Adamson chooses to organize the work not by figures but instead by themes, with chapters devoted to Reason and Revelation; God and Being; Eternity; Knowledge; and Ethics and Politics. The decision to organize by themes is wise, given his qualification of philosophy as extending beyond the classical Islamic philosophers. Yet although Adamson includes a handy chronology at the end of the book, a novice will no doubt be frustrated by the constant shift between figures to whom they have only just been introduced in the dense first chapter, honestly entitled “A Historical Whirlwind Tour.” Given the range of thinkers treated and Adamson’s choice to organize the book by theme rather than author, it is further unlikely that the reader will be able to recall the differences between each philosopher’s system of thought. Yet after finishing the book, and despite any frustration at its density, a reader who is new to the field will still emerge with an appreciation for the kinds of discussions and the range of responses posited by medieval and modern thinkers of various religious, cultural, and intellectual associations in the Islamic world. 

The density that results from the near impossible task of introducing the philosophy of a vast period and region must be forgiven. Adamson’s introduction is written with his characteristic clarity and the book’s shifting from topic to topic is deceivingly simple. In less than one hundred and twenty pages, Adamson presents the roots of philosophy in the Islamic world, its foundational figures, as well as its flourishing as it is absorbed and transformed in Islamic theology and mysticism from the 9th to the 20th century—a remarkable accomplishment indeed. Any reader, from the novice to the expert, will glean knowledge from the work if it is approached with proper expectations given its nature as a veryshort introduction to a truly expansive and complex topic.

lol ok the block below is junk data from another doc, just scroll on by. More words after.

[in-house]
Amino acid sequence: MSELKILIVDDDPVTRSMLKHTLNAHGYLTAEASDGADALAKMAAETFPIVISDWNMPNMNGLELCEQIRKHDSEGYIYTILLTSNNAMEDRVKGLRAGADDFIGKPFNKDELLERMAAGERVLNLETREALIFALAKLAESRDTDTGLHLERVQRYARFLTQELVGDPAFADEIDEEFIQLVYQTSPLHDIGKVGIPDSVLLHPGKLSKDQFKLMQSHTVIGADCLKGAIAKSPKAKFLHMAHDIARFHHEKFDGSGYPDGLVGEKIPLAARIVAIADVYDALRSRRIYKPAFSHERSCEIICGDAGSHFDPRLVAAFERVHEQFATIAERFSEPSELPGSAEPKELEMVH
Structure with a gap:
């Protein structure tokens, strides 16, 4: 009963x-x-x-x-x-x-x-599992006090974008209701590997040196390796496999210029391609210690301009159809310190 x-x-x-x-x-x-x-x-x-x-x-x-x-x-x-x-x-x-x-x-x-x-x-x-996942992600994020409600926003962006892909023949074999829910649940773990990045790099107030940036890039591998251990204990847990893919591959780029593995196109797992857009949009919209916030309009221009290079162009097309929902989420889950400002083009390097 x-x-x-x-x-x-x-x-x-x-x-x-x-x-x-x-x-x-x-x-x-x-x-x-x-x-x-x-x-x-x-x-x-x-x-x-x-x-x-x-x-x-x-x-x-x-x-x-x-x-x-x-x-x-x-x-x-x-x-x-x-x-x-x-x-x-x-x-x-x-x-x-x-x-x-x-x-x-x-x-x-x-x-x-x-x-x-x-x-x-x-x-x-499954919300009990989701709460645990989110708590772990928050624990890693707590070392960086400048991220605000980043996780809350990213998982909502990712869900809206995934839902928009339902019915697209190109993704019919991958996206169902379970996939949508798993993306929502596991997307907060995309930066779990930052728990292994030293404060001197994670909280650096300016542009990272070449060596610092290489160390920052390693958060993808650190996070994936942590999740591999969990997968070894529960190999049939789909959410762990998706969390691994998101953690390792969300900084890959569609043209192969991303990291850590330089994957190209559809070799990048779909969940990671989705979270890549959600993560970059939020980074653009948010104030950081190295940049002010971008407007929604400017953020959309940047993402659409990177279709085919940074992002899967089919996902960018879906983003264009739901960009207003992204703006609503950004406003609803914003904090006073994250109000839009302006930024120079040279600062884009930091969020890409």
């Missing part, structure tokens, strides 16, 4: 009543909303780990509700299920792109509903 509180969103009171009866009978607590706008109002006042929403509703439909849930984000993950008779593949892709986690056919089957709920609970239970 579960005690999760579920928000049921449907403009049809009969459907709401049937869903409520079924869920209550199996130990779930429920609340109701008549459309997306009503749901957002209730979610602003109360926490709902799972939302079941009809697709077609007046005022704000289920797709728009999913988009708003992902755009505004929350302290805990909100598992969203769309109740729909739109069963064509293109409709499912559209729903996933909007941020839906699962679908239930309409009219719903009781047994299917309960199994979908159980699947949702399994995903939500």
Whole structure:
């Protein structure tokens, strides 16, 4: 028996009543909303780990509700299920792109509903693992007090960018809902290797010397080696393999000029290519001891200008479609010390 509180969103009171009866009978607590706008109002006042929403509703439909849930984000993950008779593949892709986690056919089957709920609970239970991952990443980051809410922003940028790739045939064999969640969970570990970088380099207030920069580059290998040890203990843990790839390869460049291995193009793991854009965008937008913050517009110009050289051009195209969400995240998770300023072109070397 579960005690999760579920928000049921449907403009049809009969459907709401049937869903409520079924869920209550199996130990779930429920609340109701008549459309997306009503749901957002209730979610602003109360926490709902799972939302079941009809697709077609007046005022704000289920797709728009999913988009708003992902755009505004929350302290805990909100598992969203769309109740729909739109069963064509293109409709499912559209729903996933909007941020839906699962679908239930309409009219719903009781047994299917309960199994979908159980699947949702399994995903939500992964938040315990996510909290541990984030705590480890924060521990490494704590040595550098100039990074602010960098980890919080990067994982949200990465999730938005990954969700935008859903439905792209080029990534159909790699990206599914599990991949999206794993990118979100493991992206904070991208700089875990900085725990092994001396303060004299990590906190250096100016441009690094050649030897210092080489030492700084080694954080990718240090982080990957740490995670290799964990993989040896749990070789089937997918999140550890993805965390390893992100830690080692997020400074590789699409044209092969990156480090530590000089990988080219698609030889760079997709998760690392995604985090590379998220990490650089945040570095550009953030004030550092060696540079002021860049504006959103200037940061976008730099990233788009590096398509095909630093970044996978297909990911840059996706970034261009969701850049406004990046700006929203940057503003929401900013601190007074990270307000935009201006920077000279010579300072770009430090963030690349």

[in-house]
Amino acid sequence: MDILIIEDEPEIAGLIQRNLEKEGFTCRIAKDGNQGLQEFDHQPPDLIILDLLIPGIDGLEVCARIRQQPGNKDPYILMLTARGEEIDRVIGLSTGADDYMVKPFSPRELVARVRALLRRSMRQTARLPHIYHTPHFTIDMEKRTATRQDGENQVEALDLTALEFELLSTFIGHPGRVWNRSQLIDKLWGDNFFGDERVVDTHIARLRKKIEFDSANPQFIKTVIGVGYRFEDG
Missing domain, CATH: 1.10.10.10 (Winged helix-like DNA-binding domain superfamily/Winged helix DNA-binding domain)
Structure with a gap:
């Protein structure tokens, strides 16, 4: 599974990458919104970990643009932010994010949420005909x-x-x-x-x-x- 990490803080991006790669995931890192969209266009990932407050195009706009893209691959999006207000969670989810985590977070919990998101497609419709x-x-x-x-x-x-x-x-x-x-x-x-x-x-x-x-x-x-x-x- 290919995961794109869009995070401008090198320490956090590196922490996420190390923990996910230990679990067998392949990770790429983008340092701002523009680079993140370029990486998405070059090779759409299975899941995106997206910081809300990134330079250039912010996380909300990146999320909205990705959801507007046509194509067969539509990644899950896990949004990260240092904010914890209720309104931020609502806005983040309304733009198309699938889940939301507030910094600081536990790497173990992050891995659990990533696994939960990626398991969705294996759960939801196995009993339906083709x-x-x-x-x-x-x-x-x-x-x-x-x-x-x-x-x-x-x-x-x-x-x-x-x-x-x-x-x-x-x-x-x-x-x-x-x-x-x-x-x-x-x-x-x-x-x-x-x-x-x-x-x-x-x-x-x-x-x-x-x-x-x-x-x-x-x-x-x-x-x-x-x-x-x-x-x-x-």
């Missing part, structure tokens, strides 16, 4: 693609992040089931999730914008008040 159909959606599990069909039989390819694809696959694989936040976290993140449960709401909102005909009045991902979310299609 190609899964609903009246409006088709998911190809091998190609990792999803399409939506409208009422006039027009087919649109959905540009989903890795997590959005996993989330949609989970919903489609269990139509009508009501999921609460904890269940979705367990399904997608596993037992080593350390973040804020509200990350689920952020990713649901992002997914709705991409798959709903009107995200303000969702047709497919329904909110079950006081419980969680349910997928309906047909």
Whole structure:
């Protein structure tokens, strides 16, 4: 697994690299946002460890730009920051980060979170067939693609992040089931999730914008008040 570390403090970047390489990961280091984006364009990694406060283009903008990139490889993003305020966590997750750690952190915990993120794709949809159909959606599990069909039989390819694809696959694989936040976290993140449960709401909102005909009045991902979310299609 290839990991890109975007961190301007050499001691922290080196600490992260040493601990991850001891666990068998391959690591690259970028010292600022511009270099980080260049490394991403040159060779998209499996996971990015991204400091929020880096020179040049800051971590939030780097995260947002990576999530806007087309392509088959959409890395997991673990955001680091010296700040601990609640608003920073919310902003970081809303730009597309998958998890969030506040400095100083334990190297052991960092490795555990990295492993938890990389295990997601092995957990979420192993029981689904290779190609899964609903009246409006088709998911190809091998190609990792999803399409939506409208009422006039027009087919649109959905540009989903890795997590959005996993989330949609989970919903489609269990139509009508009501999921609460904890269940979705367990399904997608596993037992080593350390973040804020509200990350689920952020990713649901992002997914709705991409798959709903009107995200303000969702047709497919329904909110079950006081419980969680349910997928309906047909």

About the Reviewer(s): 

Nora Jacobsen Ben Hammed recently recieved her doctorate in Islamic Studies from The Univeristy of Chicago Divinity School.  She is currently Lecturer in the Phllosophy Department at Purchase College, SUNY.

Date of Review: 
September 19, 2018
About the Author(s)/Editor(s)/Translator(s): 

Peter Adamson is Professor of Late Ancient and Arabic Philosophy at the Ludwig Maximilian University in Munich. In 2014, he was awarded the Custodian of the Two Holy Mosques Abdullah bin Abdulaziz International Award for Translation, with Peter E. Pormann for The Philosophical Works of al-KindI (OUP, 2012). He has published widely in ancient and medieval philosophy as well as hosting the popular History of Philosophy podcast, whose episodes are appearing as a series of books with OUP, entitled A History of Philosophy without any Gaps.